So far no insurgent groups have claimed responsibility for the attack, but the Manipur People’s Liberation Army and the Kangleipak ​​People’s Revolutionary Party (PREPAK) are among the groups suspected of being involved, a fourth official said.

At least half a dozen major insurgent groups are active in the state, including the PLA, PREPAK, Kanglei Yawol Kanna Lup, the Kangleipak ​​Communist Party, the Kuki National Army, and the Kuki National Front.

“The insurgents may have carried out the attack to impose caution on the Assam Rifles, as this unit (46 Assam Rifles) was highly successful in ending drug trafficking networks in the area. These insurgent groups are involved in the illegal drug trade, ”said Lt. Gen. Shokin Chauhan (retd), who led the Assam Rifles in 2017-18.

The road where the ambush took place is one of the alternative routes from Myanmar to Imphal and is used for drug trafficking.

Chauhan does not rule out a Chinese angle in the attack.

“The Manipur People’s Liberation Army is known to be in sync with China. It is within the purview of possibility that the attack was ordered to force India to deploy more forces in the area at a time when there is tension along the Royal Line of Control (LAC) with China, ”he said. .

Chauhan, a counterinsurgency expert who understands Northeast India’s security dynamics, retired last year as chairman of the Ceasefire Monitoring Group responsible for implementing the basic rules of the ceasefire between the Center and Naga insurgent groups. .

He added that the attackers would have known that the civilians were part of the Assam Rifles convoy, but they still carried out the attack.

According to figures obtained by HT in 2018, the average annual operations launched by the army and Assam Rifles in Manipur involve the establishment of 52,000 checkpoints, 42,000 patrols, more than 10,000 ambushes and 550 special operations.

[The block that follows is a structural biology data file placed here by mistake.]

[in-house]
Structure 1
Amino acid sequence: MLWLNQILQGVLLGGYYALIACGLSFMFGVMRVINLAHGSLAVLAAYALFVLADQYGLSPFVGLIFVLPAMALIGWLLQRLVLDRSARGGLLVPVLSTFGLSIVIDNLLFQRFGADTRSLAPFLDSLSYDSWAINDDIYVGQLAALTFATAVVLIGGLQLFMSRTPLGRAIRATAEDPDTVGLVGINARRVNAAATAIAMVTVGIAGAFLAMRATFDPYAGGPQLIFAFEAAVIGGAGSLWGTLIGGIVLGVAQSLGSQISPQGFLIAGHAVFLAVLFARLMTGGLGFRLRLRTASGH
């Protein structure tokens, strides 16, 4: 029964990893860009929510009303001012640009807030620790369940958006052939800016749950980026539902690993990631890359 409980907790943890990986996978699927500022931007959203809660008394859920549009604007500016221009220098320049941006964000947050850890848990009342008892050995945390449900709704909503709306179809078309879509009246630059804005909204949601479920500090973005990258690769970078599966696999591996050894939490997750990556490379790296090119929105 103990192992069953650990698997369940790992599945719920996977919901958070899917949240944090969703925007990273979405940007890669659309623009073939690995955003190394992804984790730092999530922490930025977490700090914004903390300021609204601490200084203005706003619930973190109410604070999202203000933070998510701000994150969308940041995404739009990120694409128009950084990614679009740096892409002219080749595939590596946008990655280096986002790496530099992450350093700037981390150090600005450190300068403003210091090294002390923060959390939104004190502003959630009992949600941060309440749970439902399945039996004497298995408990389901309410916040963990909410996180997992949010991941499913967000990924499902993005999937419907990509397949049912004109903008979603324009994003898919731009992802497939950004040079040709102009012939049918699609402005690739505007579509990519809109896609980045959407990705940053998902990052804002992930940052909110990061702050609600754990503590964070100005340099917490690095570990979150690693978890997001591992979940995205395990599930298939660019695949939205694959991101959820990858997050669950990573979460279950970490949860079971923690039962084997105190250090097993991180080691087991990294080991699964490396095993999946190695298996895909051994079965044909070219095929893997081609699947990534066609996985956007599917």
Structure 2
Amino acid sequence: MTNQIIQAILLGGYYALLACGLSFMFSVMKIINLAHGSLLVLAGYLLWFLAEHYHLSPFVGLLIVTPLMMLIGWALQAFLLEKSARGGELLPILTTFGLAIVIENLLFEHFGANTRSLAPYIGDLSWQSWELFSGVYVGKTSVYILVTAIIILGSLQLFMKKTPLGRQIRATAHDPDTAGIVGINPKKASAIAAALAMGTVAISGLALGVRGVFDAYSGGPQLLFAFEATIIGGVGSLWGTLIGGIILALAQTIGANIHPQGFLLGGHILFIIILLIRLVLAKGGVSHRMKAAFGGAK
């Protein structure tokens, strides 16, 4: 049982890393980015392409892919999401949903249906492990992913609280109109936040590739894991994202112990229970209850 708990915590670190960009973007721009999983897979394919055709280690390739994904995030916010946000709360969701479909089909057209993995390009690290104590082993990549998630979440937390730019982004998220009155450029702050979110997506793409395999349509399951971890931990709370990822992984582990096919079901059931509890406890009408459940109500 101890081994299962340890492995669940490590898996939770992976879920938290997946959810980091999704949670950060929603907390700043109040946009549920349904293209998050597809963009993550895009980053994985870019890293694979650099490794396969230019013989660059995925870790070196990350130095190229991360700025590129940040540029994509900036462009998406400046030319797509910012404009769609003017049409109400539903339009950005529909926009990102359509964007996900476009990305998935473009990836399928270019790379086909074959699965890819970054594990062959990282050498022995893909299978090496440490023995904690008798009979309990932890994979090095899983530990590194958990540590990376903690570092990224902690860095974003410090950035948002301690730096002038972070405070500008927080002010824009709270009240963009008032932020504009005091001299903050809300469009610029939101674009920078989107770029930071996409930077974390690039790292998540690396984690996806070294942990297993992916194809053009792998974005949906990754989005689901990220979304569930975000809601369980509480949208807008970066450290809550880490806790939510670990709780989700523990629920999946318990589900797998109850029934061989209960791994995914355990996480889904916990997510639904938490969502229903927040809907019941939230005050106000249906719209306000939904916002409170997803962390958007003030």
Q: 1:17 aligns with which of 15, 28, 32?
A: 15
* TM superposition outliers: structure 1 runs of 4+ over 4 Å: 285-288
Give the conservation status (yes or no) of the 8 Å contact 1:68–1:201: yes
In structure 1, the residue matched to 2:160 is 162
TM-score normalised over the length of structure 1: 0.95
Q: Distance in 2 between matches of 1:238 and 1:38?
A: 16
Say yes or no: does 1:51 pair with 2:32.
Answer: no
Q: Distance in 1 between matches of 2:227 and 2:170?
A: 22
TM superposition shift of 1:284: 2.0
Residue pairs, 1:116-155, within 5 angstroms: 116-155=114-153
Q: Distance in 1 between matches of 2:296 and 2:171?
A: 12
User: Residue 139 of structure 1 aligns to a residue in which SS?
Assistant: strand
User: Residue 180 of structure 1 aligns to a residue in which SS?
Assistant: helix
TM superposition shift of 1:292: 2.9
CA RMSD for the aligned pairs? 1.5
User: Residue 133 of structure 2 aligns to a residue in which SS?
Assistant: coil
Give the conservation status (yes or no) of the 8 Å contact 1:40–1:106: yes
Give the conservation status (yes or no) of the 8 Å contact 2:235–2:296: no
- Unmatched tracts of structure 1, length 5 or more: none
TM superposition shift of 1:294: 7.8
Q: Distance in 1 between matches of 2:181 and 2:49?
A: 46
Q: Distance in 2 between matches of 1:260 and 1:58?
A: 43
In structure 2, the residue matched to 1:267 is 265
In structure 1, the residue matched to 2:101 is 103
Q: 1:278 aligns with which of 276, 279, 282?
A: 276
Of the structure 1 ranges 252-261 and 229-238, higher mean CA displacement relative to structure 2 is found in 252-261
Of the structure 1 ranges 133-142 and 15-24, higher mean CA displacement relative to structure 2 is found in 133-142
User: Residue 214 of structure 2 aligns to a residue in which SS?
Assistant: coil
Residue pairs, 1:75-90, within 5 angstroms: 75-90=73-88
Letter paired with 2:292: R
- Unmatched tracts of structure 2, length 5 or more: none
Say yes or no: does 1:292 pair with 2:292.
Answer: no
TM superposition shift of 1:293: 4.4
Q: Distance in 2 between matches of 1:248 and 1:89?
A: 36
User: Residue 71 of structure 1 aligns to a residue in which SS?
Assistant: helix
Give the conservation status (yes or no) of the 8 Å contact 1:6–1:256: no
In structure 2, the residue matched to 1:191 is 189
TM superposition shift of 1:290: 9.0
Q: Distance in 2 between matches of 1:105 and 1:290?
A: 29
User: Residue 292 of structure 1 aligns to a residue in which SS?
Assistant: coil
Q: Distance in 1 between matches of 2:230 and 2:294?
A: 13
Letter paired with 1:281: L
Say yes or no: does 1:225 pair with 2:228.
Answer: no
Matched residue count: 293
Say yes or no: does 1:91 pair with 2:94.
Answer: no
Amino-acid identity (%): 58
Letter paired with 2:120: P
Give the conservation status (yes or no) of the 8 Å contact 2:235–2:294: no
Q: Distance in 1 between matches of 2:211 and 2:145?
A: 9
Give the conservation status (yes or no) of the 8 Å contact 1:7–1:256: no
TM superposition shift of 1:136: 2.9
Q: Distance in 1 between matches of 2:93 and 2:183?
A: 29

Improvised explosive devices (IEDs) are one of the biggest challenges facing soldiers deployed in Manipur, hit by the insurgency, and mitigating that threat is one of the security forces’ top priorities. Improvised explosive devices, the predominant weapon of insurgent groups, have killed, maimed or wounded hundreds of soldiers in northeast India, including Manipur, over the past three decades.

The vast area in which security forces operate, the state’s topography and a 398-kilometer porous border with Myanmar are among the challenges facing soldiers operating from 180 bases scattered across Manipur, authorities said.

Improvised explosive devices rose to prominence in the northeast, including Manipur, in 1990, when insurgents began to emulate the Liberation Tigers of Tamil Eelam.

The latest ambush comes at a time when the security situation in the Northeast has improved significantly in the army’s assessment, and a planned and gradual reduction of soldiers is taking place.

In February 2021, Army Chief Gen. Manoj Mukund Naravane said that two army divisions had been withdrawn from counterinsurgency and internal security tasks in the Northeast, focusing solely on their operational role throughout the the border with China.

Several parliamentary panels have made recommendations in their reports to reduce the army’s exposure to counterinsurgency and counterterrorism duties because this reduces the force’s focus on its main task: defending the country from external aggression.